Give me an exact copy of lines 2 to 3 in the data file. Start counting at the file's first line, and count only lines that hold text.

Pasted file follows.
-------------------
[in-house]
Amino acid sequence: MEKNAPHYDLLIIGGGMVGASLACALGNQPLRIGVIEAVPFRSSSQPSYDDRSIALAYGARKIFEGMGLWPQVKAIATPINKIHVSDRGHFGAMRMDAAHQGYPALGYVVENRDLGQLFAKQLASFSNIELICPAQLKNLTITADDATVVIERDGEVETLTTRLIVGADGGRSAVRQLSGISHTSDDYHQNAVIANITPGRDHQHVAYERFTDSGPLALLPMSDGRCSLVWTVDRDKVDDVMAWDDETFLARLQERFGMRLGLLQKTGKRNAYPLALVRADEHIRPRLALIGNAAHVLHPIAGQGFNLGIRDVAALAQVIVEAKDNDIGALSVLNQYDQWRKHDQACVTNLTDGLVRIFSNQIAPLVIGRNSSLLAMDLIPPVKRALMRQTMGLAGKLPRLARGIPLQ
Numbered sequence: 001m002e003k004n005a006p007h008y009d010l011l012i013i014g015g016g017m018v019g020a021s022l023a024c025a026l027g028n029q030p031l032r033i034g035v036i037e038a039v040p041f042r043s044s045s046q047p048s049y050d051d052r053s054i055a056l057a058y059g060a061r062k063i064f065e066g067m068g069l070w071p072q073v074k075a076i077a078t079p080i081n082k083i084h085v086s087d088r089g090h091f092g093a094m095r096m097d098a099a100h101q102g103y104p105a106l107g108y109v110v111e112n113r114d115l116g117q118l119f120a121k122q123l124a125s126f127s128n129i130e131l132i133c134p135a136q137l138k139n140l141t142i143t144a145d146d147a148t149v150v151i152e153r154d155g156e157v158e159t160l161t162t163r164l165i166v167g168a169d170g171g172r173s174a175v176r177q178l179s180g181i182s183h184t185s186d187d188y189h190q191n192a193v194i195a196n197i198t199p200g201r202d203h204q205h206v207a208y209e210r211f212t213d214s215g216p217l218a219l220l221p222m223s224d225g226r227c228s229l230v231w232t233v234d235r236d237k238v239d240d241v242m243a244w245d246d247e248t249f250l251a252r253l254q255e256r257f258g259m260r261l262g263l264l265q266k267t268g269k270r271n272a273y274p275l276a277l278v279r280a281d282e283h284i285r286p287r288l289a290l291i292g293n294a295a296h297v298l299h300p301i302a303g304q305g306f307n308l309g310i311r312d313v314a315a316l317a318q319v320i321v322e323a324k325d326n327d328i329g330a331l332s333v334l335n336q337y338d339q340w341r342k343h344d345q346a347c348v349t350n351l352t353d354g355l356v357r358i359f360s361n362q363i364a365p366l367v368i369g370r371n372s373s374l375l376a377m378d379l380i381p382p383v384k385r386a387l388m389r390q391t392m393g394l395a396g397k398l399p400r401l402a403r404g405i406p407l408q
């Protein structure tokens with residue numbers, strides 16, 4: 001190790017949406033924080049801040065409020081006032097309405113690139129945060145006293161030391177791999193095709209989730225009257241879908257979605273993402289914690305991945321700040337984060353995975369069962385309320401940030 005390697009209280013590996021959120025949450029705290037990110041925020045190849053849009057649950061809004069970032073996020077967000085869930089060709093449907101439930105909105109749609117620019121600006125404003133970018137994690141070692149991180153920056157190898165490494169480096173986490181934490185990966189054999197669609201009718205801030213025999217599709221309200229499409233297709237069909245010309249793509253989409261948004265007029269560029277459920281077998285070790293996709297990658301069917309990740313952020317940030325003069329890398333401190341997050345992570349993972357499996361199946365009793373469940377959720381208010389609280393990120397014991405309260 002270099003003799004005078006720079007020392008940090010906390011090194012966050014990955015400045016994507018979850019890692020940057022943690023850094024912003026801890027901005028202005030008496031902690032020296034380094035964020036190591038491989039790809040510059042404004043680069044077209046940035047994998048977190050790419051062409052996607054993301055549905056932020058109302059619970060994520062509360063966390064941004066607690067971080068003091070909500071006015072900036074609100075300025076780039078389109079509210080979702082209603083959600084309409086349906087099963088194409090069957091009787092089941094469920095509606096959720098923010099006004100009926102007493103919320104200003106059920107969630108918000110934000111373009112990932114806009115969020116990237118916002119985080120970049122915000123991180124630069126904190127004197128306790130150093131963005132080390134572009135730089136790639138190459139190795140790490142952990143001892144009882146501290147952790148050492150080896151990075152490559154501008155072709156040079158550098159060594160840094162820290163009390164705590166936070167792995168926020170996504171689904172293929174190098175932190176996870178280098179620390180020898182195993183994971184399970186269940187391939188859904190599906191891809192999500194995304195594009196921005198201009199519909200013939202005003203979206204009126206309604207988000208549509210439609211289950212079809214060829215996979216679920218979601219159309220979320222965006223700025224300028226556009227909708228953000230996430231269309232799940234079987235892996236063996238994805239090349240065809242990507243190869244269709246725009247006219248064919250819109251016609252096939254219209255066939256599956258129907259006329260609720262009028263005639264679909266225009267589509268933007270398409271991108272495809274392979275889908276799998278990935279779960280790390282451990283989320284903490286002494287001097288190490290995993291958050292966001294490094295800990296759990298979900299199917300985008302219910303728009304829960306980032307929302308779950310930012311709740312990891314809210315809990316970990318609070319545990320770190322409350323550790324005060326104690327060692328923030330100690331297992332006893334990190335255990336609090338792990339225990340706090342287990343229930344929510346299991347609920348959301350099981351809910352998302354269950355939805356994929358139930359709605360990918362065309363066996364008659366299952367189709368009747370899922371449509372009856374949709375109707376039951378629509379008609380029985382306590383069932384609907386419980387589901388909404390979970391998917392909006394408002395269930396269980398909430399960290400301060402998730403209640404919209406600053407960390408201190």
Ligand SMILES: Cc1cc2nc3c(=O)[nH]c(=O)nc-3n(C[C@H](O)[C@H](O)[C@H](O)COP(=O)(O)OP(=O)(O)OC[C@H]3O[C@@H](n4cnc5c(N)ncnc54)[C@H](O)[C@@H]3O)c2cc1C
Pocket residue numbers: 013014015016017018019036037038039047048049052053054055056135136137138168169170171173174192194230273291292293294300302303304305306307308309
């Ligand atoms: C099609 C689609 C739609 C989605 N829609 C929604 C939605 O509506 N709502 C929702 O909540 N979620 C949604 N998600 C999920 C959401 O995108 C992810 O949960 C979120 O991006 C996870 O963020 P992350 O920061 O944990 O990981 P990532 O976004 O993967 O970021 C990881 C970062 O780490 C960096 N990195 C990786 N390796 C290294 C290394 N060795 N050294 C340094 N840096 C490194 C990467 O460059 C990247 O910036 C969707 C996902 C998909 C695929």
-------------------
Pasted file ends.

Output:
Amino acid sequence: MEKNAPHYDLLIIGGGMVGASLACALGNQPLRIGVIEAVPFRSSSQPSYDDRSIALAYGARKIFEGMGLWPQVKAIATPINKIHVSDRGHFGAMRMDAAHQGYPALGYVVENRDLGQLFAKQLASFSNIELICPAQLKNLTITADDATVVIERDGEVETLTTRLIVGADGGRSAVRQLSGISHTSDDYHQNAVIANITPGRDHQHVAYERFTDSGPLALLPMSDGRCSLVWTVDRDKVDDVMAWDDETFLARLQERFGMRLGLLQKTGKRNAYPLALVRADEHIRPRLALIGNAAHVLHPIAGQGFNLGIRDVAALAQVIVEAKDNDIGALSVLNQYDQWRKHDQACVTNLTDGLVRIFSNQIAPLVIGRNSSLLAMDLIPPVKRALMRQTMGLAGKLPRLARGIPLQ
Numbered sequence: 001m002e003k004n005a006p007h008y009d010l011l012i013i014g015g016g017m018v019g020a021s022l023a024c025a026l027g028n029q030p031l032r033i034g035v036i037e038a039v040p041f042r043s044s045s046q047p048s049y050d051d052r053s054i055a056l057a058y059g060a061r062k063i064f065e066g067m068g069l070w071p072q073v074k075a076i077a078t079p080i081n082k083i084h085v086s087d088r089g090h091f092g093a094m095r096m097d098a099a100h101q102g103y104p105a106l107g108y109v110v111e112n113r114d115l116g117q118l119f120a121k122q123l124a125s126f127s128n129i130e131l132i133c134p135a136q137l138k139n140l141t142i143t144a145d146d147a148t149v150v151i152e153r154d155g156e157v158e159t160l161t162t163r164l165i166v167g168a169d170g171g172r173s174a175v176r177q178l179s180g181i182s183h184t185s186d187d188y189h190q191n192a193v194i195a196n197i198t199p200g201r202d203h204q205h206v207a208y209e210r211f212t213d214s215g216p217l218a219l220l221p222m223s224d225g226r227c228s229l230v231w232t233v234d235r236d237k238v239d240d241v242m243a244w245d246d247e248t249f250l251a252r253l254q255e256r257f258g259m260r261l262g263l264l265q266k267t268g269k270r271n272a273y274p275l276a277l278v279r280a281d282e283h284i285r286p287r288l289a290l291i292g293n294a295a296h297v298l299h300p301i302a303g304q305g306f307n308l309g310i311r312d313v314a315a316l317a318q319v320i321v322e323a324k325d326n327d328i329g330a331l332s333v334l335n336q337y338d339q340w341r342k343h344d345q346a347c348v349t350n351l352t353d354g355l356v357r358i359f360s361n362q363i364a365p366l367v368i369g370r371n372s373s374l375l376a377m378d379l380i381p382p383v384k385r386a387l388m389r390q391t392m393g394l395a396g397k398l399p400r401l402a403r404g405i406p407l408q